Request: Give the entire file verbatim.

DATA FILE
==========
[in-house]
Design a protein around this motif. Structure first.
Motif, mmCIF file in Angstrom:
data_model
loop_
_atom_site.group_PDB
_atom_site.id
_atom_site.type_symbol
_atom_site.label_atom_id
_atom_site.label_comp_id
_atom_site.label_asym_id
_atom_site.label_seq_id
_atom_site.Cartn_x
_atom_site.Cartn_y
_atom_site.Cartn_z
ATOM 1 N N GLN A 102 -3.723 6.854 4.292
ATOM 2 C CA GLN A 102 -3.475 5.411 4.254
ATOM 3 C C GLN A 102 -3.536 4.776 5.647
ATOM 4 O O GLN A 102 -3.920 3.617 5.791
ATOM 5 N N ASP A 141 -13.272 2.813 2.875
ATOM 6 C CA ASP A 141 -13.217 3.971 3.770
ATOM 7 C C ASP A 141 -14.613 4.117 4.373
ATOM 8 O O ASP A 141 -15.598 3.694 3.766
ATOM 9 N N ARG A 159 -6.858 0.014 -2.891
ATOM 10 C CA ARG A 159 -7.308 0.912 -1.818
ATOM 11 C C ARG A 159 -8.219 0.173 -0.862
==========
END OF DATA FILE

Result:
[in-house]
Design a protein around this motif. Structure first.
Motif, mmCIF file in Angstrom:
data_model
loop_
_atom_site.group_PDB
_atom_site.id
_atom_site.type_symbol
_atom_site.label_atom_id
_atom_site.label_comp_id
_atom_site.label_asym_id
_atom_site.label_seq_id
_atom_site.Cartn_x
_atom_site.Cartn_y
_atom_site.Cartn_z
ATOM 1 N N GLN A 102 -3.723 6.854 4.292
ATOM 2 C CA GLN A 102 -3.475 5.411 4.254
ATOM 3 C C GLN A 102 -3.536 4.776 5.647
ATOM 4 O O GLN A 102 -3.920 3.617 5.791
ATOM 5 N N ASP A 141 -13.272 2.813 2.875
ATOM 6 C CA ASP A 141 -13.217 3.971 3.770
ATOM 7 C C ASP A 141 -14.613 4.117 4.373
ATOM 8 O O ASP A 141 -15.598 3.694 3.766
ATOM 9 N N ARG A 159 -6.858 0.014 -2.891
ATOM 10 C CA ARG A 159 -7.308 0.912 -1.818
ATOM 11 C C ARG A 159 -8.219 0.173 -0.862